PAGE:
In the Chemical Brothers' world, it's always 1997. Dig Your Own Hole, the commercial breakthrough of Tom Rowlands and Ed Simons' long-running electronic-dance partnership, came out ages ago by the rapidly progressing standards of club music, but their sound was preserved in amber at the moment of its release. Their eighth studio album (and first in five years), Born in the Echoes, is electrifying, tightly constructed big beat the way they've always done it: with pop-like song structures, marquee guest vocalists and scarcely a hint of dubstep, trap or, really, any developments in the past 15 years of dance music. Even the Brothers' logo has stayed the same.
Fortunately, their greatest strength -- integrating the abrasive tone-bending and mesmeric repetition of EDM into the context of hooks and melodies -- is exceptionally durable. One advantage of DJ'ing for several decades is that the duo knows how to sequence a set, and Echoes flows like a great night at a club, cresting and plummeting and twisting into its weirdest passages before cooling down with the beatless "Radiate." Even the chirping Depeche Mode-style synthesizers that accompany Beck's sleepy vocal on the concluding "Wide Open" are like the dawn's light seeping through club doors.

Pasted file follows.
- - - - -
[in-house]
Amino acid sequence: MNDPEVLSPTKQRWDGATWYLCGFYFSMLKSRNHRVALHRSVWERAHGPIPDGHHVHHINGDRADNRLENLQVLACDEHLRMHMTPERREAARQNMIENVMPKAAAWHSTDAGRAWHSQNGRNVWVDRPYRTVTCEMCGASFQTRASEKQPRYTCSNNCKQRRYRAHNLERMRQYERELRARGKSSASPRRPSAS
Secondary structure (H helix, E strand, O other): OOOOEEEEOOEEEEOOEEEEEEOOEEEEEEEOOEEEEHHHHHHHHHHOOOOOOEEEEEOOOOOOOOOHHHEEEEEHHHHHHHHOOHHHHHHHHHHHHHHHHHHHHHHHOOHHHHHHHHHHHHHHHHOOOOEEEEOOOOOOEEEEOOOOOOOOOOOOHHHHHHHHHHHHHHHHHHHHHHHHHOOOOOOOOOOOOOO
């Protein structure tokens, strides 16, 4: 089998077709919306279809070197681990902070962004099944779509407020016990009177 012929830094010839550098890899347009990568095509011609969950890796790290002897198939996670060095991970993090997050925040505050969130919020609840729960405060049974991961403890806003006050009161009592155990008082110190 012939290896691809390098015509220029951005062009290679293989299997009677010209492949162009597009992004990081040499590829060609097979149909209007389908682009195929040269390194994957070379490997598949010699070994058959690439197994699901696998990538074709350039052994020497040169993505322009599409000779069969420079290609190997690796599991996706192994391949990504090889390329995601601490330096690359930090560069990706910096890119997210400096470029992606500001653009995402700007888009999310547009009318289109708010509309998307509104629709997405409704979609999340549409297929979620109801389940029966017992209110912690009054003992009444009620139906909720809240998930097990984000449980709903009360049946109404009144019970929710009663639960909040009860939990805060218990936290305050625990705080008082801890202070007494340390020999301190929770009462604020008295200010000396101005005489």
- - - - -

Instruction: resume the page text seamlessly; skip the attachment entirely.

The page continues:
At this point, the Brothers are effectively historians, and the album's most thrilling moments are often references to their own past or inspirations. Q-Tip's party-starting, "Rapper's Delight"-quoting performance on "Go" reunites the team that made 2005 Grammy winner "Galvanize." "Under Neon Lights" features St. Vincent's Annie Clark impressively evoking Talking Heads' Remain in Light, with fluttering electronics swarming around stacked-up layers of her voice. The jolting edits and sibilant, trebly beats of "Just Bang" are straight out of the Todd Terry Project's playbook. "And I'll See You There" isn't just Simons and Rowlands paraphrasing the groove of The Beatles' "Tomorrow Never Knows" -- it's a callback to when The Chemical Brothers did the same thing on Dig Your Own Hole's "Setting Sun," and a reminder of how sturdily they built the foundations of their work.